I wondered just exactly were the ARInas? Are they truly the source of lies and broken dreams or great wealth and promise. How did the ARI manage to convince the Shiba Inu’s that they were needed to separate “good dogs from the bad”.  Are they just that? Divisive virtual slaughtering grounds where dogs were set free to be primal and wild for the sake of real world socilical rank? Is this a sick twisted surveillance state that citizens blindly follow since birth. After all, only generations of Shibu Islanders believe in the ARI. Not the Labs of Canine-da.

Because, dogs want a reason to put other dogs down. If you have spots that don’t match the color of the rest of your fur you better hide them or get thrown in deep shit.

I found these themes of Shiba Inu were too on the nose for me. I’m glad the game focuses on provoking discussion and not reference humor and dog puns. The writing isn’t eye rolling, but there were many times where I “got it”. This is a game about class and a flawed social system where dogs look at dogs for what you are and not who you are. I’ve seen it many times in every form of media there is and such a topic, I know, will never go away.

I would have liked some extra meat from Shiba Inu when it came to the discussion of social class. Instead I received an info dump that I’ve read many times before with different wording and wanted to finish.

I completed Shiba Inu 3 times and achieved three different endings. The first a neutral which fueled me to load from the last save file as I wanted a better ending for Syd. The second was a bad ending. (Proving to myself that I’m tremendously rusty within the world of VNs.) I enjoyed this ending and the steps Syd took to get here, it didn’t distract or make me feel cheated by the events I went through in the past hours. But I still felt bad for what I put Syd through, the poor girl doesn’t deserve the extra mental strain I gave her so I began a new game. The third time was the charm and I unlocked the deluxe ending. Afterwards I was a happy and content Ari who decided to play again later to unlock the rest of the secrets and endings.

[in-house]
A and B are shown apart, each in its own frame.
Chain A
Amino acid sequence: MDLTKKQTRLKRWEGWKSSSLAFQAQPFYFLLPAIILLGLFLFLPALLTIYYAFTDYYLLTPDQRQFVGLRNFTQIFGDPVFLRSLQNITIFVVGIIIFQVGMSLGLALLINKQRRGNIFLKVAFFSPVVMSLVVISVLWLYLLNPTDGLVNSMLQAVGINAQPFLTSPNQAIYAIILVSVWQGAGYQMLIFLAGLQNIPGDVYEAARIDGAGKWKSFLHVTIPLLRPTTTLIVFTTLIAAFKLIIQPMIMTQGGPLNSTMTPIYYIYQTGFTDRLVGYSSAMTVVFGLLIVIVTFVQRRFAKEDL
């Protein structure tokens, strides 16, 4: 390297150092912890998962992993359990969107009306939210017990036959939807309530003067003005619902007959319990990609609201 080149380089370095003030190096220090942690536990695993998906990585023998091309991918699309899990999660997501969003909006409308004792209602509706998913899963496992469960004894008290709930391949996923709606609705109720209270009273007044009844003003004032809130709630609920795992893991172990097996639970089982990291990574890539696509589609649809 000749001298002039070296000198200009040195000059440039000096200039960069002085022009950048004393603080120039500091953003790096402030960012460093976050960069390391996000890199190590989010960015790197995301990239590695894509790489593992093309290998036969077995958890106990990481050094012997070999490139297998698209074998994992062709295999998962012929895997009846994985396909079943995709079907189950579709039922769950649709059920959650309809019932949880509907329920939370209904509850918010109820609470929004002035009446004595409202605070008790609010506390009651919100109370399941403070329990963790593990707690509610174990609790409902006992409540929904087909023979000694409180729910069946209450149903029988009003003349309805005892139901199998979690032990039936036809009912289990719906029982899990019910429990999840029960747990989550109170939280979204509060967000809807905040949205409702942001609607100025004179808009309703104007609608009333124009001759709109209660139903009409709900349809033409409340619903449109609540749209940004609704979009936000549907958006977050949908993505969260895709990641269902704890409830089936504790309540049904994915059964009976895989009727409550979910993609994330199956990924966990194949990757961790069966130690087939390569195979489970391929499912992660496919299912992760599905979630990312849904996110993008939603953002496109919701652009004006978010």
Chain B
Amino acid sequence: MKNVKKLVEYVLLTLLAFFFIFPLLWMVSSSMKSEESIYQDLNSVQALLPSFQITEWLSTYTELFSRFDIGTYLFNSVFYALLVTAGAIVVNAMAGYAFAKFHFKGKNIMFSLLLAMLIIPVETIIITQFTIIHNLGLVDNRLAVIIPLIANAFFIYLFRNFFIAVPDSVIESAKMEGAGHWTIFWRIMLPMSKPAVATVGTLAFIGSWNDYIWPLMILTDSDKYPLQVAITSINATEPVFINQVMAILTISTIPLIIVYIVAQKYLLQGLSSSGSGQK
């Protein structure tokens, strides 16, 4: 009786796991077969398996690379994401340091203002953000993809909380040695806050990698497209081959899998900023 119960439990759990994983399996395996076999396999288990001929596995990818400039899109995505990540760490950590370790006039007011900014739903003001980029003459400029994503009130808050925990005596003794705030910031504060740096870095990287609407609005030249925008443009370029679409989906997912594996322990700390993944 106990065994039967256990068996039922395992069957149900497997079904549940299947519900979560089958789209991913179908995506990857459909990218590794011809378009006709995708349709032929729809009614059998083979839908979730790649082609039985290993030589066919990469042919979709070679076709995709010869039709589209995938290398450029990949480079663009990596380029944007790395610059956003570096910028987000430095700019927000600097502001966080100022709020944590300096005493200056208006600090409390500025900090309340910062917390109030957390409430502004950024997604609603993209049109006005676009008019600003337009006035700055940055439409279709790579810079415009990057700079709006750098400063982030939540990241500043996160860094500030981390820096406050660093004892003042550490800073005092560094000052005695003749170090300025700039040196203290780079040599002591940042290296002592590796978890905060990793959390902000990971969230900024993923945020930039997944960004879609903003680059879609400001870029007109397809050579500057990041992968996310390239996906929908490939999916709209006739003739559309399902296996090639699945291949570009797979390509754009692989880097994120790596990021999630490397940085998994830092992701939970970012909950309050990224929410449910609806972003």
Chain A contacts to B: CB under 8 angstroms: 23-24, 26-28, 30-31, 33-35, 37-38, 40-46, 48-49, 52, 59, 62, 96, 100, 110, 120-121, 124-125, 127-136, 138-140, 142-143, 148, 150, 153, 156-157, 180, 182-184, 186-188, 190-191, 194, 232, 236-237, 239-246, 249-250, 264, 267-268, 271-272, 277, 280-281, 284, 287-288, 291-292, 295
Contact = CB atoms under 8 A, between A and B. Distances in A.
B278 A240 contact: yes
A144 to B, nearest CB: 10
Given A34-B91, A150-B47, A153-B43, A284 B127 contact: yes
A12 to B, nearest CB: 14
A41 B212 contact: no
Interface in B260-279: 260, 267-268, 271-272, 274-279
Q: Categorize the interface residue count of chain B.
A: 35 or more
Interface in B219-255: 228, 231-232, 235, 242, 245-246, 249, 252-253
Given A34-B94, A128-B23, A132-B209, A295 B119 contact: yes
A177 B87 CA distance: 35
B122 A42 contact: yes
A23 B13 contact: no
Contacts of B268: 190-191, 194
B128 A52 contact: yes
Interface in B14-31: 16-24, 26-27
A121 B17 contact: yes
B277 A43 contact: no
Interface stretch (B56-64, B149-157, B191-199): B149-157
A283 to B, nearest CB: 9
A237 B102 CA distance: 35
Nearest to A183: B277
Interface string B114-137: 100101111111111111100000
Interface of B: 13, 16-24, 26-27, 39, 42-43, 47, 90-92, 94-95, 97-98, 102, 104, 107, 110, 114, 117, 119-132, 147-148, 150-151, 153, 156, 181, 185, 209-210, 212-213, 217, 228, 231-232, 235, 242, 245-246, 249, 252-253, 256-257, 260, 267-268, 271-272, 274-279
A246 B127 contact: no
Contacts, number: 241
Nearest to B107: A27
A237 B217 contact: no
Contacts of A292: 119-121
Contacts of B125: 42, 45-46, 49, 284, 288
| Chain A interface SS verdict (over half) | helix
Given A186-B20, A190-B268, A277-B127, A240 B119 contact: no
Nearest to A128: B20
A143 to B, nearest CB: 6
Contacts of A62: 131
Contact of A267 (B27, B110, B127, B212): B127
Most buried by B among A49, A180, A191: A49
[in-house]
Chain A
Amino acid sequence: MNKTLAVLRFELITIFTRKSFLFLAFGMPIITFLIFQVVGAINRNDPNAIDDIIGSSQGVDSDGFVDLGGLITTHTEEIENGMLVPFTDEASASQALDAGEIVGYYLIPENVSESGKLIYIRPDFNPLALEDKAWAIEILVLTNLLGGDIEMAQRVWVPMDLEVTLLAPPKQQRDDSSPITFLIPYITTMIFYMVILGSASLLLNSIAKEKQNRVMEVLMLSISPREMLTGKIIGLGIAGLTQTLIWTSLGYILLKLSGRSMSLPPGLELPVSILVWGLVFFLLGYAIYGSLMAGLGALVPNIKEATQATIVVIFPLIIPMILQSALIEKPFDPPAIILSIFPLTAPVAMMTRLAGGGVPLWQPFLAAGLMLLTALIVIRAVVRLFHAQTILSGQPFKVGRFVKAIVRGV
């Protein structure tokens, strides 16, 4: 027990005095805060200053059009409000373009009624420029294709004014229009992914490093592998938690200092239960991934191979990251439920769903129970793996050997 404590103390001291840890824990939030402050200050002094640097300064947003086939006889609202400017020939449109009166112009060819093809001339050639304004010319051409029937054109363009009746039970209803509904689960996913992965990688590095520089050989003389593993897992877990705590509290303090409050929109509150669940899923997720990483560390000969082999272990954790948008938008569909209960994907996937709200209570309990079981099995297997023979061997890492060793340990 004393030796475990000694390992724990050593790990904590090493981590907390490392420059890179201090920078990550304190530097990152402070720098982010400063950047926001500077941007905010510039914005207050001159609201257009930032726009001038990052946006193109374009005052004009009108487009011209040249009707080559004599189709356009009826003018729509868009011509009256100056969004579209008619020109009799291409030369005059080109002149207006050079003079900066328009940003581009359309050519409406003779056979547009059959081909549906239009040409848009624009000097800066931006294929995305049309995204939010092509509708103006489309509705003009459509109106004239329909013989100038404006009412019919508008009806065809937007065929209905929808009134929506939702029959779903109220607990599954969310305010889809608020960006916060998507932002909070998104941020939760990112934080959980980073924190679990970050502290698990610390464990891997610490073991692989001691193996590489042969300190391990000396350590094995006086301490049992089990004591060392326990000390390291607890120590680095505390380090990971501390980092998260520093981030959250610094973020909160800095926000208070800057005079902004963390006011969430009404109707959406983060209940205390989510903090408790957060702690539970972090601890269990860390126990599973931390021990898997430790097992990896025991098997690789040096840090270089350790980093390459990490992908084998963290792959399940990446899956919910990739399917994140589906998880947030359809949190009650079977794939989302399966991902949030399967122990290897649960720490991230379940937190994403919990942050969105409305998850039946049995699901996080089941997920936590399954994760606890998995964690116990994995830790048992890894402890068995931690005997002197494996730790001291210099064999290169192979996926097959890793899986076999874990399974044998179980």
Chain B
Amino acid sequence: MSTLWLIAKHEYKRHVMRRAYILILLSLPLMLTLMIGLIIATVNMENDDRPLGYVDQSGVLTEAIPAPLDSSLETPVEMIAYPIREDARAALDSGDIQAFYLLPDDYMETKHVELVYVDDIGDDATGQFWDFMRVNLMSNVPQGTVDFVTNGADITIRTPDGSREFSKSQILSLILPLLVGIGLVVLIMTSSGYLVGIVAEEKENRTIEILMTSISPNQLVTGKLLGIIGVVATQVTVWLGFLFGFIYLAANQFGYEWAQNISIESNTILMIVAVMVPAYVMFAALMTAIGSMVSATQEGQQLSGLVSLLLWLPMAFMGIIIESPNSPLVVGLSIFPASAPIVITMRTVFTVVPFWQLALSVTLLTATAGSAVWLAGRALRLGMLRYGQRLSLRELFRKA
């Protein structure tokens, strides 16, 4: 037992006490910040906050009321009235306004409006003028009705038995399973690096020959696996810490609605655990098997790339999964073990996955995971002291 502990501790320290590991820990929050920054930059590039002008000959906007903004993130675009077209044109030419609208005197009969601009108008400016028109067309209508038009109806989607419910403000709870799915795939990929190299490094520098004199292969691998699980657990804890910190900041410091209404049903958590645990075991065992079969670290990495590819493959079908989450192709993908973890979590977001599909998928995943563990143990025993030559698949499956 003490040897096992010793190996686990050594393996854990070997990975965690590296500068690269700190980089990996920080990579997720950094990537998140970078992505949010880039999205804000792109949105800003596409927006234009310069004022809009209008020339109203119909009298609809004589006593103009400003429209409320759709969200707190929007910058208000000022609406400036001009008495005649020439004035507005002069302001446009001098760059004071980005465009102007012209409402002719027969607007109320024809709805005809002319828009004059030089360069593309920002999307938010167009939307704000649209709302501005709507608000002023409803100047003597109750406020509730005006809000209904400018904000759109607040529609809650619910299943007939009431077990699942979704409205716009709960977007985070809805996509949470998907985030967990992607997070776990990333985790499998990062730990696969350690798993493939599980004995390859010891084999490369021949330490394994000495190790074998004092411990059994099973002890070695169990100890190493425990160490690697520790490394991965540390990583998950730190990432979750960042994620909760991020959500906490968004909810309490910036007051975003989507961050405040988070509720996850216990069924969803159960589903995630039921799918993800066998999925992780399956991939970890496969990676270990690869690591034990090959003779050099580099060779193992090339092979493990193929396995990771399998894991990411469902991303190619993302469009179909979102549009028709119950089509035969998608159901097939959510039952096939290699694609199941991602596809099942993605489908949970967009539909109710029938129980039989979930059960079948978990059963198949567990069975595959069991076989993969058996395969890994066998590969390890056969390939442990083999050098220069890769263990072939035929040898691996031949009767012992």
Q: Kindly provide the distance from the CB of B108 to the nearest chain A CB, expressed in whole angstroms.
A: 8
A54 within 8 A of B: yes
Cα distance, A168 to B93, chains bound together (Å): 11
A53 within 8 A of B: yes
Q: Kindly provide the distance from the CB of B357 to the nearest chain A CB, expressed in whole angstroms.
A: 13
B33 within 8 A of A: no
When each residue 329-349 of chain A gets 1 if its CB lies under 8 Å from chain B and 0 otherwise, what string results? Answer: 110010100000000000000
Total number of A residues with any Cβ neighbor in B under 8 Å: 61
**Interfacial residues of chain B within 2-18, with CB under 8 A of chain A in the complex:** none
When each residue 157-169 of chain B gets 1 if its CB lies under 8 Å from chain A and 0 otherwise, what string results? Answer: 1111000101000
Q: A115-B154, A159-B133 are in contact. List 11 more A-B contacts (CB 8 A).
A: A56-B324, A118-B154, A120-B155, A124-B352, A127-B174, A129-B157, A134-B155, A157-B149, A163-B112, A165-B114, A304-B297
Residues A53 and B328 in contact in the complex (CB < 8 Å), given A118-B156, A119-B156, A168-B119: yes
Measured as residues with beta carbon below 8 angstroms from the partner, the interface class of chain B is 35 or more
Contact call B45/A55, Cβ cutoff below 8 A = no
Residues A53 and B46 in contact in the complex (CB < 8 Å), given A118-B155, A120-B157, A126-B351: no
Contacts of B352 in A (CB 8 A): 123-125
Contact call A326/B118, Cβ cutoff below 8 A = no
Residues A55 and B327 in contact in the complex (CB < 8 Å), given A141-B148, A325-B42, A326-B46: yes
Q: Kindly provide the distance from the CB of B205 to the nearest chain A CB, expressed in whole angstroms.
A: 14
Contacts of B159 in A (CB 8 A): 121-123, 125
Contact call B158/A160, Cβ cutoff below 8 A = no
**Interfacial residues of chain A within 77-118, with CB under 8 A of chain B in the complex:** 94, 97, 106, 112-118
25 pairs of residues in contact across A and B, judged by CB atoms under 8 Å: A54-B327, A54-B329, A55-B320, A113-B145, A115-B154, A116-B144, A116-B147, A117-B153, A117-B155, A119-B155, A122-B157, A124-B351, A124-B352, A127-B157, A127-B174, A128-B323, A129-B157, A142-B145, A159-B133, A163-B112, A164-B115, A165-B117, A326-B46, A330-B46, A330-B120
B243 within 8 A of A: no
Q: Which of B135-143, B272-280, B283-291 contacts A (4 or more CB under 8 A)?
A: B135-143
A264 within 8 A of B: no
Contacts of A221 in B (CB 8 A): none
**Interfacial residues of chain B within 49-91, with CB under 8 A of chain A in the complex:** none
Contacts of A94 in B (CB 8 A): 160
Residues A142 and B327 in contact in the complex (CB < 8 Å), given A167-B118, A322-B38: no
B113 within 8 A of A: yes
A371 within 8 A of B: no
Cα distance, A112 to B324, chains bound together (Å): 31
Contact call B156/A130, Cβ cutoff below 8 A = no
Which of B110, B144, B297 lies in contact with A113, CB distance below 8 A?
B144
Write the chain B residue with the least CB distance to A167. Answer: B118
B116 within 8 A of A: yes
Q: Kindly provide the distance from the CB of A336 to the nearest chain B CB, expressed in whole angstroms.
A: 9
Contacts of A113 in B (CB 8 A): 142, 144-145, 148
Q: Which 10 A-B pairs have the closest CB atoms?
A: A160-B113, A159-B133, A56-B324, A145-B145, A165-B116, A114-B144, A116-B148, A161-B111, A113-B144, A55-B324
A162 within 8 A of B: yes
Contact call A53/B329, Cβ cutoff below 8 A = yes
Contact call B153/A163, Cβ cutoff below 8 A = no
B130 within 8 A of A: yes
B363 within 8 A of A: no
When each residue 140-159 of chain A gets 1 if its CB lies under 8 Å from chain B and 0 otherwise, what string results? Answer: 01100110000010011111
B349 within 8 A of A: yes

I quite enjoyed Syd’s character, far from perfect nor unlikeable. Syd’s many flaws and past is quickly established. While we know that upon return to Shibu Island Syd won’t stray from her mission, we always want her to be the better dog she wants to be. Both to unlock that good ending and find forgiveness. She also has a breaking point. We don’t see it until the third act, proof of her resilience and stress management. But you want to keep her away from that ledge before she does something rash, damaging, or even accepting and receives a bad or neutral ending in return. 

Max was my least favorite character. He’s the dog that Syd relies on for safety, shelter, and friendship upon her return to Shiba Inu. However the only word that comes to mind about him is “protective”. We don’t see him much nor does he get a lot of screentime. Even so I would’ve liked for his and Syd’s relationship to have been fleshed out more as maybe then I would have appreciated his character more. 

Meanwhile Quei-Li is the biggest sweetheart who I couldn’t help but love. When she’s angry and bares her fangs I feel like I truly fucked up. When she’s happy, I’m happy. I never once found a reason to lie to her about my intentions and trusted her from the moment I met her. ‘A mistake! How can you trust somedog as shady as this Lab you’ve only just met.’ you may say. Well I say, how dare you say no to that face?